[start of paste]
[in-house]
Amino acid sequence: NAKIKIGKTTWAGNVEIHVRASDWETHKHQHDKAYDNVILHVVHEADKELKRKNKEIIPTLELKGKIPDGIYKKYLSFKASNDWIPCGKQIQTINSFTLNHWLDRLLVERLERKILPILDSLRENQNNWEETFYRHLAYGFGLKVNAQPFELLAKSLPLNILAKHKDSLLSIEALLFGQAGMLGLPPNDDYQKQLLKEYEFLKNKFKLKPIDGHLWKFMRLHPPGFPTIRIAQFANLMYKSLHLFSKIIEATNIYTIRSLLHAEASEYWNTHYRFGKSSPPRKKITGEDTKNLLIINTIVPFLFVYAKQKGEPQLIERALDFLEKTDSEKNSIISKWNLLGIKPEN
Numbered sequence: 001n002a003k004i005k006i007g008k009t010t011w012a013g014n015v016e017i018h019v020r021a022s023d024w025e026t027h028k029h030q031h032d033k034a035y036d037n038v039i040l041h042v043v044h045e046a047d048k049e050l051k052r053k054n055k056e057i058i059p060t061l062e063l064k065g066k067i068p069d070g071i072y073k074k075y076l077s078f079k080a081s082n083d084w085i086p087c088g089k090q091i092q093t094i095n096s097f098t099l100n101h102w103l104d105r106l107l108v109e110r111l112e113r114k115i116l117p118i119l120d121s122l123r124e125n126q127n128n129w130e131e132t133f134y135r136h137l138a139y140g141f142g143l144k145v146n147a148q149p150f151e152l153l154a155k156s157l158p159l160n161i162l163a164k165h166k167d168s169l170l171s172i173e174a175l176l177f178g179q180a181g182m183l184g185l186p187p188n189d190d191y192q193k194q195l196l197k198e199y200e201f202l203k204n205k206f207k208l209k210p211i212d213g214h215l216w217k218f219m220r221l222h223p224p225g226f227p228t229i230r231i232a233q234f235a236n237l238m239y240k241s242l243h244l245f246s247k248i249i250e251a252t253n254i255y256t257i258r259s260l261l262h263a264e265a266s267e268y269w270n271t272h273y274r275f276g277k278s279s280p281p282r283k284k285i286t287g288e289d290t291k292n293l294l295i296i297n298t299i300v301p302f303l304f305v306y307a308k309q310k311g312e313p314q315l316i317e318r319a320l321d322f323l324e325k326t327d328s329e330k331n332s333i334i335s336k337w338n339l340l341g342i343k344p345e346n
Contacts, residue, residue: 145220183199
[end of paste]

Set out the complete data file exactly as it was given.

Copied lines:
[in-house]
Amino acid sequence: NAKIKIGKTTWAGNVEIHVRASDWETHKHQHDKAYDNVILHVVHEADKELKRKNKEIIPTLELKGKIPDGIYKKYLSFKASNDWIPCGKQIQTINSFTLNHWLDRLLVERLERKILPILDSLRENQNNWEETFYRHLAYGFGLKVNAQPFELLAKSLPLNILAKHKDSLLSIEALLFGQAGMLGLPPNDDYQKQLLKEYEFLKNKFKLKPIDGHLWKFMRLHPPGFPTIRIAQFANLMYKSLHLFSKIIEATNIYTIRSLLHAEASEYWNTHYRFGKSSPPRKKITGEDTKNLLIINTIVPFLFVYAKQKGEPQLIERALDFLEKTDSEKNSIISKWNLLGIKPEN
Numbered sequence: 001n002a003k004i005k006i007g008k009t010t011w012a013g014n015v016e017i018h019v020r021a022s023d024w025e026t027h028k029h030q031h032d033k034a035y036d037n038v039i040l041h042v043v044h045e046a047d048k049e050l051k052r053k054n055k056e057i058i059p060t061l062e063l064k065g066k067i068p069d070g071i072y073k074k075y076l077s078f079k080a081s082n083d084w085i086p087c088g089k090q091i092q093t094i095n096s097f098t099l100n101h102w103l104d105r106l107l108v109e110r111l112e113r114k115i116l117p118i119l120d121s122l123r124e125n126q127n128n129w130e131e132t133f134y135r136h137l138a139y140g141f142g143l144k145v146n147a148q149p150f151e152l153l154a155k156s157l158p159l160n161i162l163a164k165h166k167d168s169l170l171s172i173e174a175l176l177f178g179q180a181g182m183l184g185l186p187p188n189d190d191y192q193k194q195l196l197k198e199y200e201f202l203k204n205k206f207k208l209k210p211i212d213g214h215l216w217k218f219m220r221l222h223p224p225g226f227p228t229i230r231i232a233q234f235a236n237l238m239y240k241s242l243h244l245f246s247k248i249i250e251a252t253n254i255y256t257i258r259s260l261l262h263a264e265a266s267e268y269w270n271t272h273y274r275f276g277k278s279s280p281p282r283k284k285i286t287g288e289d290t291k292n293l294l295i296i297n298t299i300v301p302f303l304f305v306y307a308k309q310k311g312e313p314q315l316i317e318r319a320l321d322f323l324e325k326t327d328s329e330k331n332s333i334i335s336k337w338n339l340l341g342i343k344p345e346n
Contacts, residue, residue: 145220183199